A preferred method by which nitrogen oxides and/or sulphur oxides may be removed comprises pre-treating, for example in a pre-scrubber, the carbon dioxide-containing gas comprising these gases with an aqueous suspension comprising an alkaline earth metal carbonate. The nitrogen oxides and/or sulphur oxides, if they were not removed prior to contact with the particulate solid, could adversely affect the efficiency of the process of the invention by forming sulphates, sulphites, nitrates and nitrites, consuming alkalinity. Pre-treatment with an alkaline earth metal carbonate will form alkaline earth metal sulphates, sulphites, nitrates and nitrites which could potentially be used, for example, as cement additives. The carbon dioxide-containing gas to be treated by the process of the invention may also comprise ash particles which may be removed before treatment, for example by known methods such as fabric filters or electrostatic precipitation. According to a further feature of the invention there is provided a process for the manufacture of cement which further comprises treating flue gas generated in the manufacture by a process according to the invention as described in this specification including the accompanying claims.
 In this specification, including the accompanying claims:
percentages of gas are by volume based on dry gas; other percentages, unless otherwise specified, are by weight; particle size distribution and mass-median particle sizes (between 0.02 μm and 2 mm) are measured using a Malvern MS2000 laser granulometer. Measurement is effected in ethanol. The light source consists of a red He--Ne laser (632 nm) and a blue diode (466 nm). The optical model is that of Mie and the calculation matrix is of the polydisperse type.
 The apparatus is checked before each working session by means of a standard sample (Sifraco C10 silica) for which the particle size distribution is known.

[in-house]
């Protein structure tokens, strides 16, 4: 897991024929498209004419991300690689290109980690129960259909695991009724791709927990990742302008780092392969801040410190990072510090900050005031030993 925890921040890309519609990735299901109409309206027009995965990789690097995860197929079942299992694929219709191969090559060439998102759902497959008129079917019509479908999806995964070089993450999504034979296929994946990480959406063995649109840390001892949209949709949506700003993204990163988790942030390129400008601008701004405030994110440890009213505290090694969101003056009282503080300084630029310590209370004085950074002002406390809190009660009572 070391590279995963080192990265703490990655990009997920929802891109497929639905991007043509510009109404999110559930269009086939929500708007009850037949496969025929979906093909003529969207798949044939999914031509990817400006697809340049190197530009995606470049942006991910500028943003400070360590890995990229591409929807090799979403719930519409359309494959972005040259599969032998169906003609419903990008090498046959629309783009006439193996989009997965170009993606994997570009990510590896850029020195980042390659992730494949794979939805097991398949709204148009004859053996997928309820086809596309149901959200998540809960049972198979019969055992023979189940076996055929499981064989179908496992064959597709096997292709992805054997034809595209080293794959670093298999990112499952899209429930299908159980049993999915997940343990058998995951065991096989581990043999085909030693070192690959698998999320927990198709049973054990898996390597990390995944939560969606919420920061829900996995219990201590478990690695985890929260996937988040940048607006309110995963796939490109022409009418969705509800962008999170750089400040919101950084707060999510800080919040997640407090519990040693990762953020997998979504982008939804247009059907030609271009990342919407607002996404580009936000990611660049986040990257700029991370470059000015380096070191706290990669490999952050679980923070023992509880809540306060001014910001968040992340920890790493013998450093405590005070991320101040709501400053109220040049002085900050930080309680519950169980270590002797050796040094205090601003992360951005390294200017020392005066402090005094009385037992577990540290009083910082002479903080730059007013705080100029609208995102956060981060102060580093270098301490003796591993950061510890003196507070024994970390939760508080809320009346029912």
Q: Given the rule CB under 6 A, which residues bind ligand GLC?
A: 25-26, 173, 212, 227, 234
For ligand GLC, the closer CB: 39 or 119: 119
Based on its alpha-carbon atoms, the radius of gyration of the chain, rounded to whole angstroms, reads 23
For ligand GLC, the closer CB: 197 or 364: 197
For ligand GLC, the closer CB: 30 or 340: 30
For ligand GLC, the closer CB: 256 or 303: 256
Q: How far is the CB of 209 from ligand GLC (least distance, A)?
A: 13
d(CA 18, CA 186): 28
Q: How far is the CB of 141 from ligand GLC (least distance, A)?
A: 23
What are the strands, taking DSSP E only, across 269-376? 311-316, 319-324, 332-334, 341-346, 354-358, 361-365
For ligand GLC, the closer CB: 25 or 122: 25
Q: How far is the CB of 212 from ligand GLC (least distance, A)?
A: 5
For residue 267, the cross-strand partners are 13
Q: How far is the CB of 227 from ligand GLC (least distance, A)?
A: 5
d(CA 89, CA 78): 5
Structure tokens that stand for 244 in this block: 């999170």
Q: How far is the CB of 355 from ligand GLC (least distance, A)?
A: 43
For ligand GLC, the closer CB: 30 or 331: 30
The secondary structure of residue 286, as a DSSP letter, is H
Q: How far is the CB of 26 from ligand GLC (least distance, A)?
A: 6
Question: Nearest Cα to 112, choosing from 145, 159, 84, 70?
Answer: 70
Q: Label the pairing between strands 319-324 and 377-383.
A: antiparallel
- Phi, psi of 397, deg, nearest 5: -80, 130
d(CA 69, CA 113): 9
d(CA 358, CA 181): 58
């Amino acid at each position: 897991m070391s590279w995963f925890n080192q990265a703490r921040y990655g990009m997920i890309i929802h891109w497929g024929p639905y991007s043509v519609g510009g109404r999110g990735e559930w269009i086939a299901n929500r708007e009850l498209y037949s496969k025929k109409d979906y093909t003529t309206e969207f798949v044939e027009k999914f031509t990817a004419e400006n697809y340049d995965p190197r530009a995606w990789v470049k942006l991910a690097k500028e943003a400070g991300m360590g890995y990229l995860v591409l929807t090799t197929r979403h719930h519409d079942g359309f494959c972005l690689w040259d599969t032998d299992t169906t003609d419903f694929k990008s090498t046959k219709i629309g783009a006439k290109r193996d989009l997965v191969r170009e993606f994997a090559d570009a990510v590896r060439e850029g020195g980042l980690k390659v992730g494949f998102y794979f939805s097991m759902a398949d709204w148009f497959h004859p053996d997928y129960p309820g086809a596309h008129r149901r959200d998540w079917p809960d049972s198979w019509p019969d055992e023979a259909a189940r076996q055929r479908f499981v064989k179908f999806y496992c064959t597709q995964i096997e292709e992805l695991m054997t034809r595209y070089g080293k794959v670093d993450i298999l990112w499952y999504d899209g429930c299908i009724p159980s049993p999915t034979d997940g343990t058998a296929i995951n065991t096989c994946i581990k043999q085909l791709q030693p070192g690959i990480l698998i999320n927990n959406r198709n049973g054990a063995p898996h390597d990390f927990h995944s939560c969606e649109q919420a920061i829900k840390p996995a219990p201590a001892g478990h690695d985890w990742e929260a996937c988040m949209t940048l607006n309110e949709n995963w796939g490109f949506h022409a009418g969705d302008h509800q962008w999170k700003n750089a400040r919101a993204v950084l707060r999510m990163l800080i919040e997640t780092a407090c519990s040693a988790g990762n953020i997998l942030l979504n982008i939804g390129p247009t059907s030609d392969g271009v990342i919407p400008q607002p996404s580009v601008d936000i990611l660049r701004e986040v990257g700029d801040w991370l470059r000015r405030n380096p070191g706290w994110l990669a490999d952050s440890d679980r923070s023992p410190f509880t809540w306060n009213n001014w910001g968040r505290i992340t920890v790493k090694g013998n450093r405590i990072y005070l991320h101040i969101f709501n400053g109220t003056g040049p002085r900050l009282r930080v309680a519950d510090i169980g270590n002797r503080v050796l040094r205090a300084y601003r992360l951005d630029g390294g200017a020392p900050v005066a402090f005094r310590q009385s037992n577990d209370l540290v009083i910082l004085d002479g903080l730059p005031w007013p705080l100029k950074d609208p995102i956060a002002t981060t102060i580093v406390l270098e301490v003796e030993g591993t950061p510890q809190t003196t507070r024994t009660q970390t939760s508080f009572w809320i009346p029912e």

Measurements are performed with the following parameters: pump speed 2300 rpm and stirrer speed 800 rpm. The sample is introduced in order to establish an obscuration between 10 and 20%. Measurement is effected after stabilisation of the obscuration. Ultrasound at 80% is first applied for 1 minute to ensure the de-agglomeration of the sample. After about 30s (for possible air bubbles to clear), a measurement is carried out for 15 s (15000 analysed images). Without emptying the cell, measurement is repeated at least twice to verify the stability of the result and elimination of possible bubbles.
 All values given in the description and the specified ranges correspond to average values obtained with ultrasound.
 It will be understood that the temperature of the gas to be treated is the temperature of the gas during the treatment. As the carbonation reaction is exothermic it may be necessary to cool the gas during treatment.
 The following non-limiting Example illustrates the invention.
 The particulate solid used is a Class W fly ash containing about 16% of free lime from Kardia, Greece. The chemical composition of the fly ash is given in the following Table.
TABLE-US-00001 TABLE 1 SiO2 28.14% MgO 3.68% Al2O3 11.83% K2O 0.87% Fe2O3 5.68% Na2O 0.37% CaO 36.92% SO3 6.06% Free CaO 15.76% Loss on ignition 4.96%
 The fly ash is treated with 8% by weight of an aqueous solution comprising 0.125% of monoethanolamine, and ground to reduce the particle size and to ensure thorough mixing of the water and MEA throughout the ground material. Free lime is hydrated to calcium hydroxide in this step. The ground material has a mass-median particle size of 15 μm, a minimum particle size of about 0.5 μm and a maximum particle size of about 600 μm. The ground material comprises 100 ppm of monoethanolamine.
 The presence of portlandite, calcium hydroxide, formed by hydration of the free calcium oxide in the starting material is revealed by X-ray diffraction analysis of the ground fly ash.
 The ground material is introduced into the base of a cylindrical fluidised bed reactor which comprises means to monitor the temperature, for example a thermocouple, and a pressure gauge.
 Cement plant flue gas is treated in a pre-scrubber with an aqueous suspension of calcium carbonate to reduce or remove any sulphur or nitrogen oxides present. The pre-scrubbed gas is then introduced into the fluidised bed through a base plate and gas distributor. The pressure of the gas introduced is adjusted to achieve fluidisation of the bed of particles. Any particles of small size which escape from the top of the bed are collected in a cyclone separator.
 The carbon dioxide content of the treated gas leaving the reactor is monitored. As the carbonation of the alkaline earth metal oxide or hydroxide in the reactor proceeds towards completion the carbon dioxide content in the treated gas starts to rise, indicating the need to replenish the particulate solid in the reactor.
Patent applications by Ellis Gartner, Lyon FR
Patent applications by Michel Gimenez, Diemoz FR
Patent applications by LAFARGE
Patent applications in class Ash containing (e.g., fly ash, volcanic ash, coal ash, etc.)
Patent applications in all subclasses Ash containing (e.g., fly ash, volcanic ash, coal ash, etc.)